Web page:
CISD, CHS receive A’s as TEA rates school districts using standardized test scores


Bren Flechtner

The Texas Education Agency (TEA) announced the results of its grading system on Wednesday. While Coppell ISD administration and trustees do not support this standardized-testing based scoring system, the district and Coppell High School each received an A.

Sofia Guerrero, Student Life Editor

On Wednesday, the Texas Education Agency (TEA) released grades for every school district in Texas based on standardized test scores. TEA used a new rating system in which each district received a grade A-F, with both Coppell ISD and Coppell High School each receiving an A.


The TEA also looked at students’ performance in three areas: student achievement, which measures how much students know at the end of the year, school progress, which measures the progress students have made in the STAAR test this year versus last year, and closing the gaps, which measures the percentage of different groups of students in four specific areas.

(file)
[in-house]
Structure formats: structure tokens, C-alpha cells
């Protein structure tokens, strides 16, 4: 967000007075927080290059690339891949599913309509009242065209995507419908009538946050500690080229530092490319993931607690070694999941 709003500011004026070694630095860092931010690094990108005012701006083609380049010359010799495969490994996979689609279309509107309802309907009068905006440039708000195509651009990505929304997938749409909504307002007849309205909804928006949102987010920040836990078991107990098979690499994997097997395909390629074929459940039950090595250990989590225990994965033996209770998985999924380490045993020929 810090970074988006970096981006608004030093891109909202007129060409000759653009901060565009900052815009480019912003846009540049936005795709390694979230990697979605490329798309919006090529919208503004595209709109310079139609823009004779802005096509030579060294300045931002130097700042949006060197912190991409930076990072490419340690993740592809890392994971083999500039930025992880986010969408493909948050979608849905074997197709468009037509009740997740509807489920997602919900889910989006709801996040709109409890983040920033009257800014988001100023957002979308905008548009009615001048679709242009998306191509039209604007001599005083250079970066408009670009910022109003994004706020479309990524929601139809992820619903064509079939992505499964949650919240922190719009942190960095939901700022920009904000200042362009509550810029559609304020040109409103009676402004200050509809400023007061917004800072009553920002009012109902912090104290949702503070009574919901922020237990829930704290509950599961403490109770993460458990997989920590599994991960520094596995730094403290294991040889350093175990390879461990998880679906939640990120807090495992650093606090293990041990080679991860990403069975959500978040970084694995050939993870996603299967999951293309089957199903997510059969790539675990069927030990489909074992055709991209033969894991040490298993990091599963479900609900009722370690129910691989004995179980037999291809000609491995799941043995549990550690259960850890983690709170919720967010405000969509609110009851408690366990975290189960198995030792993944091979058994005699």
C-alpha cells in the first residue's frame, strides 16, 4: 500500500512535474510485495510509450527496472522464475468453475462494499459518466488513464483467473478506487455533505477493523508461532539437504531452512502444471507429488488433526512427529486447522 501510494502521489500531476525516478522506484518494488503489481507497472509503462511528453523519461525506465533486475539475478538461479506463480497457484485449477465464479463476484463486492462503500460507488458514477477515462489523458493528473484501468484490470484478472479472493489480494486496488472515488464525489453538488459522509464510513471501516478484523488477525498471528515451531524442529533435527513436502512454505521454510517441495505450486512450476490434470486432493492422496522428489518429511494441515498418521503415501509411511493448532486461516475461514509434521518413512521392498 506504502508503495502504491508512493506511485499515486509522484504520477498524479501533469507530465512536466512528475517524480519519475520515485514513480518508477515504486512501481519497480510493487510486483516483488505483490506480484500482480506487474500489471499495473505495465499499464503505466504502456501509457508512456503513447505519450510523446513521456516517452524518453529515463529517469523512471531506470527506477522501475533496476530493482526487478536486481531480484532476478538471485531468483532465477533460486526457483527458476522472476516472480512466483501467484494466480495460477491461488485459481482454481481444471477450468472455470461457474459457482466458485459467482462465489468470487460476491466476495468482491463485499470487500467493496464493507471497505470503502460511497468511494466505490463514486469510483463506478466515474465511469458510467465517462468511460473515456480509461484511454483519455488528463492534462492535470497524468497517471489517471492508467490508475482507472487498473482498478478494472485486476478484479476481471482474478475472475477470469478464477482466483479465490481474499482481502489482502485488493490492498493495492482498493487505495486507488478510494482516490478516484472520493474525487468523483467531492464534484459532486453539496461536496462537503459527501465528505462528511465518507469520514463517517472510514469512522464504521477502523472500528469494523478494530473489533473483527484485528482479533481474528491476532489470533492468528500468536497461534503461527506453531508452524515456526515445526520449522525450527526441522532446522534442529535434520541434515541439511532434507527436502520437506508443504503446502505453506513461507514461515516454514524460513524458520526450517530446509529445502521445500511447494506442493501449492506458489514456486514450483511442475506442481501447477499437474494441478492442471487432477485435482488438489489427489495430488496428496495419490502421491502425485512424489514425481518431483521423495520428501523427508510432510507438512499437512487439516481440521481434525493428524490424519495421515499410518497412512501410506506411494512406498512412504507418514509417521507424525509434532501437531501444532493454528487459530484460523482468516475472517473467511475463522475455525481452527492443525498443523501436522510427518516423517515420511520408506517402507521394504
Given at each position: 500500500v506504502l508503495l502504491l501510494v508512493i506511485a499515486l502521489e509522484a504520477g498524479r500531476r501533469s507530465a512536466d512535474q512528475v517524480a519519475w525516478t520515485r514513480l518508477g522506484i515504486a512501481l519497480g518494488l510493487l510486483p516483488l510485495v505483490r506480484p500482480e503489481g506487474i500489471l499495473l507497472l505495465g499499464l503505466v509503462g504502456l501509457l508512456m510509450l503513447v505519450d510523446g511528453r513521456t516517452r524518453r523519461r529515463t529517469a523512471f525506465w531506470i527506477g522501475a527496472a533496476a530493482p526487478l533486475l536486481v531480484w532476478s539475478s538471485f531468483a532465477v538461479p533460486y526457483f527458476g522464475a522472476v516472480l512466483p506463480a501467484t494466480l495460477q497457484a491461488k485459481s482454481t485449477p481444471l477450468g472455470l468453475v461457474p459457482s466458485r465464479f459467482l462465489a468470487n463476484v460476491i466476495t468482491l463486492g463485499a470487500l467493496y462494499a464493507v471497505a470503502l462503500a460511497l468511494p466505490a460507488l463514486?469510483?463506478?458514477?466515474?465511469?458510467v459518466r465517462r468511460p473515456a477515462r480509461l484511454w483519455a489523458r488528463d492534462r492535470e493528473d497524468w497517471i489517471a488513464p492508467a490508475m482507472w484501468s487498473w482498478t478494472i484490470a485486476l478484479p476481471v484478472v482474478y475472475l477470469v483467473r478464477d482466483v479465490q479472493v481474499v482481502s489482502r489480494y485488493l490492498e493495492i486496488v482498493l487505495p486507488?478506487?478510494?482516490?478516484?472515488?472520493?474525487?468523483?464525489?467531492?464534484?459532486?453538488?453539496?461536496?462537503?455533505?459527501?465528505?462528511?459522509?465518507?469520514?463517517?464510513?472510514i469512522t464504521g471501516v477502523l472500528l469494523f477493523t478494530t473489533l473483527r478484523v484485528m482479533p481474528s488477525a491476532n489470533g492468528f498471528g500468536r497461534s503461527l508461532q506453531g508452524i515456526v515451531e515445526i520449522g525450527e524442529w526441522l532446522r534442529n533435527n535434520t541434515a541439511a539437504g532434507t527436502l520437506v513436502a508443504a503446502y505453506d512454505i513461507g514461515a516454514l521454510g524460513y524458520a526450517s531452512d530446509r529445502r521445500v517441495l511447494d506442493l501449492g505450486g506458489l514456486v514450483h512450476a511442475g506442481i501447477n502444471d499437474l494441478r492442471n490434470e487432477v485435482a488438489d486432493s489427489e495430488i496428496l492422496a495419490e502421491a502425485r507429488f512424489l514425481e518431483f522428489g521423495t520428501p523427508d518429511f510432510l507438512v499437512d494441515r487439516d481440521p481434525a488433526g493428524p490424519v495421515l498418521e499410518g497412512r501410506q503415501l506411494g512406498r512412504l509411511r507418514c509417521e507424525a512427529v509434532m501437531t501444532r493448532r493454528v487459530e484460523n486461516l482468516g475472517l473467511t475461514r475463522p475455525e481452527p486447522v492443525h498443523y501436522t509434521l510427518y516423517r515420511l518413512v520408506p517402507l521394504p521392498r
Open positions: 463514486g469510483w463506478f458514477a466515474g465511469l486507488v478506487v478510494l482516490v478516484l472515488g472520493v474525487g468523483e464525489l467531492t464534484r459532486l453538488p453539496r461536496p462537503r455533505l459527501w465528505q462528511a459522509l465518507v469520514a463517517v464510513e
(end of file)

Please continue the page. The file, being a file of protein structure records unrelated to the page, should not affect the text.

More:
Although Coppell ISD received an A, both Superintendent Brad Hunt and the Board of Trustees did not approve of this rating system and would prefer a more comprehensive approach that would consider areas such as fine arts and athletics.


“We believe that our kids are more than just a test score,” Hunt said. “Our kids do much more than academics, which are also very important.”


Coppell High School associate principal Melissa Arnold also thinks this rating does not accurately portray Coppell ISD.


“It doesn’t tell our whole story,” Arnold said. “We have an amazing fine arts department, and this rating doesn’t take into effect all that they do.”


As an alternative, 51 school districts, including Coppell ISD, have formed a group called the Texas Public Accountability Consortium (TPAC). This system allows for the community itself to decide how to measure success in terms of education by using community based accountability systems (CBAS).


Along with CBAS, the Board of Trustees is working with the community to redefine success and how it plays a role in student achievement.


“As a board, we care about students doing well,” Board of Trustees President Tracy Fisher said. “As a community, we want to redefine success. You can be the valedictorian or salutatorian in high school, but that doesn’t necessarily mean you’re set up for success in life.”


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